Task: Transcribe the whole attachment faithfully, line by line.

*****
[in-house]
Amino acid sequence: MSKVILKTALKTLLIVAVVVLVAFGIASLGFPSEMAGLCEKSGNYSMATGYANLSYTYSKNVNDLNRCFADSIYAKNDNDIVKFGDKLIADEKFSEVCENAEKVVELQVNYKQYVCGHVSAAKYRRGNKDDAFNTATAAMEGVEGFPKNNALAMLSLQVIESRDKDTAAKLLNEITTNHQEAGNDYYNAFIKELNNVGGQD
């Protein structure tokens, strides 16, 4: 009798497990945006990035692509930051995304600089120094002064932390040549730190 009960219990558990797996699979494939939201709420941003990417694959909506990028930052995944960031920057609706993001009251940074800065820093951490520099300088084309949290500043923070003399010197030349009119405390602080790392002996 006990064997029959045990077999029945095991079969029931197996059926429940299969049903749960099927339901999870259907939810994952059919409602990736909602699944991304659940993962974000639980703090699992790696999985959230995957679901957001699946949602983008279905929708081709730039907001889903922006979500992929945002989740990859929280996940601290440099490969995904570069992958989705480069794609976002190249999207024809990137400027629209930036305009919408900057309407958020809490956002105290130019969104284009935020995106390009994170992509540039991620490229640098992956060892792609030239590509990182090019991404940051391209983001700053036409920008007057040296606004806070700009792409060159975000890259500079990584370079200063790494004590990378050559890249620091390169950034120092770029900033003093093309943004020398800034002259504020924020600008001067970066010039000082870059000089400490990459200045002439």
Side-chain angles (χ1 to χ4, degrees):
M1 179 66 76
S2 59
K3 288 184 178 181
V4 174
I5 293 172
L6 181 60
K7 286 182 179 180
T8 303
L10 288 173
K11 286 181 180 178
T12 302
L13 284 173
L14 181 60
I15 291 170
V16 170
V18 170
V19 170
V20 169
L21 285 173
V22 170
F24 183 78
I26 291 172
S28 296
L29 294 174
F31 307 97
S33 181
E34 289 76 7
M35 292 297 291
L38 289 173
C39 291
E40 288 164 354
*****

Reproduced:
[in-house]
Amino acid sequence: MSKVILKTALKTLLIVAVVVLVAFGIASLGFPSEMAGLCEKSGNYSMATGYANLSYTYSKNVNDLNRCFADSIYAKNDNDIVKFGDKLIADEKFSEVCENAEKVVELQVNYKQYVCGHVSAAKYRRGNKDDAFNTATAAMEGVEGFPKNNALAMLSLQVIESRDKDTAAKLLNEITTNHQEAGNDYYNAFIKELNNVGGQD
């Protein structure tokens, strides 16, 4: 009798497990945006990035692509930051995304600089120094002064932390040549730190 009960219990558990797996699979494939939201709420941003990417694959909506990028930052995944960031920057609706993001009251940074800065820093951490520099300088084309949290500043923070003399010197030349009119405390602080790392002996 006990064997029959045990077999029945095991079969029931197996059926429940299969049903749960099927339901999870259907939810994952059919409602990736909602699944991304659940993962974000639980703090699992790696999985959230995957679901957001699946949602983008279905929708081709730039907001889903922006979500992929945002989740990859929280996940601290440099490969995904570069992958989705480069794609976002190249999207024809990137400027629209930036305009919408900057309407958020809490956002105290130019969104284009935020995106390009994170992509540039991620490229640098992956060892792609030239590509990182090019991404940051391209983001700053036409920008007057040296606004806070700009792409060159975000890259500079990584370079200063790494004590990378050559890249620091390169950034120092770029900033003093093309943004020398800034002259504020924020600008001067970066010039000082870059000089400490990459200045002439």
Side-chain angles (χ1 to χ4, degrees):
M1 179 66 76
S2 59
K3 288 184 178 181
V4 174
I5 293 172
L6 181 60
K7 286 182 179 180
T8 303
L10 288 173
K11 286 181 180 178
T12 302
L13 284 173
L14 181 60
I15 291 170
V16 170
V18 170
V19 170
V20 169
L21 285 173
V22 170
F24 183 78
I26 291 172
S28 296
L29 294 174
F31 307 97
S33 181
E34 289 76 7
M35 292 297 291
L38 289 173
C39 291
E40 288 164 354